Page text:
Independent research groups have uncovered a new class of proteins, called the chaplins, that function like amyloid fibrils to allow reproductive growth in the bacterium Streptomyces coelicolor. Amyloid proteins are most commonly recognized for their role in Alzheimers disease, where they aggregate into insoluble, mesh-like plaques in the brains of Alzheimers patients. This finding reveals an unprecedented role for amyloid-like proteins in Gram-positive bacteria.
S. coelicolor is a soil-dwelling bacterium that, along with its relatives, produces the majority of naturally derived antibiotics (e.g., tetracycline and erythromycin), as well as many antitumor, antifungal, and immunosuppressant agents. Unlike most other prokaryotes, S. coelicolor has a complex life cycle, producing two different cell types depending upon environmental conditions: vegetative substrate hyphae that grow in moist soil, and aerial hyphae that grow in air and give rise to reproductive spores.
As published in the July 15th issue of Genes & Development, independent research carried out by Dr. Marie Elliot, Dr. Mark Buttner and colleagues at the John Innes Centre (UK) and Stanford University (USA), and by Dennis Claessen, Dr. Lubbert Dijkhuizen, Dr. Han Wösten and colleagues at the University of Groningen and the University of Utrecht (Netherlands), have identified the chaplin protein family as essential mediators of aerial S. coelicolor growth. The research in the Netherlands was funded by a grant of the National Programme EET (Economy, Ecology and Technology) to find biological alternatives for the environmentally harmful antifouling compounds used today on ships.
Heather Cosel | EurekAlert!
A Map of the Cell’s Power Station
18.08.2017 | Albert-Ludwigs-Universität Freiburg im Breisgau
On the way to developing a new active ingredient against chronic infections
18.08.2017 | Deutsches Zentrum für Infektionsforschung
Whether you call it effervescent, fizzy, or sparkling, carbonated water is making a comeback as a beverage. Aside from quenching thirst, researchers at the University of Illinois at Urbana-Champaign have discovered a new use for these "bubbly" concoctions that will have major impact on the manufacturer of the world's thinnest, flattest, and one most useful materials -- graphene.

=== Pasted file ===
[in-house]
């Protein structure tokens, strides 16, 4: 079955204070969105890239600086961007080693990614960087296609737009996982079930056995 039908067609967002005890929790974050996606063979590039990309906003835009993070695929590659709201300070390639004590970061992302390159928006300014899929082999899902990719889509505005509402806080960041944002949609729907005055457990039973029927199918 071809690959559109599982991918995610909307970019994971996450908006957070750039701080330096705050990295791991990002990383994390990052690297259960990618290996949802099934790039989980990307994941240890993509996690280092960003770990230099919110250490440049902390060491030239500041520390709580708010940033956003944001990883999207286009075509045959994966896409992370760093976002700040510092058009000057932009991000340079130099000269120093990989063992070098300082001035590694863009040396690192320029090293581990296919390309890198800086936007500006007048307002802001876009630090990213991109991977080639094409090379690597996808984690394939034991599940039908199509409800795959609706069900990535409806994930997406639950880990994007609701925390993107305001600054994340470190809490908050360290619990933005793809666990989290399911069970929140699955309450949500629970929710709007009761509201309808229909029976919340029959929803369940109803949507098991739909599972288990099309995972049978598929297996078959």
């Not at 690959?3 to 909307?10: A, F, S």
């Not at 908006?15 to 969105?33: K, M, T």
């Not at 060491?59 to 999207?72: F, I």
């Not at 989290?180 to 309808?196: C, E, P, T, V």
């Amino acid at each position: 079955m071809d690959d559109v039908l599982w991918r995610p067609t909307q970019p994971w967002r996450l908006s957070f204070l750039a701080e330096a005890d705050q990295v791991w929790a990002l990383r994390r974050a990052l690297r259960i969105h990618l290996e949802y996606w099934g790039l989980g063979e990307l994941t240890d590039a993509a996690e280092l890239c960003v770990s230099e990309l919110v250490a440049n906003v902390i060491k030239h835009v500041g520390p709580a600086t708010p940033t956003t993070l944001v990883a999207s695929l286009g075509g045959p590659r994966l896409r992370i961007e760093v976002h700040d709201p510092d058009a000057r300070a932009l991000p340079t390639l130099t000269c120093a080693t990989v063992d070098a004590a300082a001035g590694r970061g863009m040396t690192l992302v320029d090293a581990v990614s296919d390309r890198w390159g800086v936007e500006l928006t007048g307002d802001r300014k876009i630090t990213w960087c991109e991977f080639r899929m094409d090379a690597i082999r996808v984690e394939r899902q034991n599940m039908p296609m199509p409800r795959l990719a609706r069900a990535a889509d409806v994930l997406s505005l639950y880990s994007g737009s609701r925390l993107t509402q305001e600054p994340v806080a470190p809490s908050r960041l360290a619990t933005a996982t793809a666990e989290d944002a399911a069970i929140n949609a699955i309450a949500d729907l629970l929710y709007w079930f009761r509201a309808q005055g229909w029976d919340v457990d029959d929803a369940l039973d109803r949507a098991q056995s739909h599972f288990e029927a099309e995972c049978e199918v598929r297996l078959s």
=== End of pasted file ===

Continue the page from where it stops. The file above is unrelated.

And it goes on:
As graphene's popularity grows as an advanced "wonder" material, the speed and quality at which it can be manufactured will be paramount. With that in mind,...
Physicists at the University of Bonn have managed to create optical hollows and more complex patterns into which the light of a Bose-Einstein condensate flows. The creation of such highly low-loss structures for light is a prerequisite for complex light circuits, such as for quantum information processing for a new generation of computers. The researchers are now presenting their results in the journal Nature Photonics.
Light particles (photons) occur as tiny, indivisible portions. Many thousands of these light portions can be merged to form a single super-photon if they are...
For the first time, scientists have shown that circular RNA is linked to brain function. When a RNA molecule called Cdr1as was deleted from the genome of mice, the animals had problems filtering out unnecessary information – like patients suffering from neuropsychiatric disorders.
While hundreds of circular RNAs (circRNAs) are abundant in mammalian brains, one big question has remained unanswered: What are they actually good for? In the...
An experimental small satellite has successfully collected and delivered data on a key measurement for predicting changes in Earth's climate.
The Radiometer Assessment using Vertically Aligned Nanotubes (RAVAN) CubeSat was launched into low-Earth orbit on Nov. 11, 2016, in order to test new...
A study led by scientists of the Max Planck Institute for the Structure and Dynamics of Matter (MPSD) at the Center for Free-Electron Laser Science in Hamburg presents evidence of the coexistence of superconductivity and “charge-density-waves” in compounds of the poorly-studied family of bismuthates. This observation opens up new perspectives for a deeper understanding of the phenomenon of high-temperature superconductivity, a topic which is at the core of condensed matter research since more than 30 years. The paper by Nicoletti et al has been published in the PNAS.
Since the beginning of the 20th century, superconductivity had been observed in some metals at temperatures only a few degrees above the absolute zero (minus...
16.08.2017 | Event News
04.08.2017 | Event News
26.07.2017 | Event News
18.08.2017 | Life Sciences
18.08.2017 | Physics and Astronomy
18.08.2017 | Materials Sciences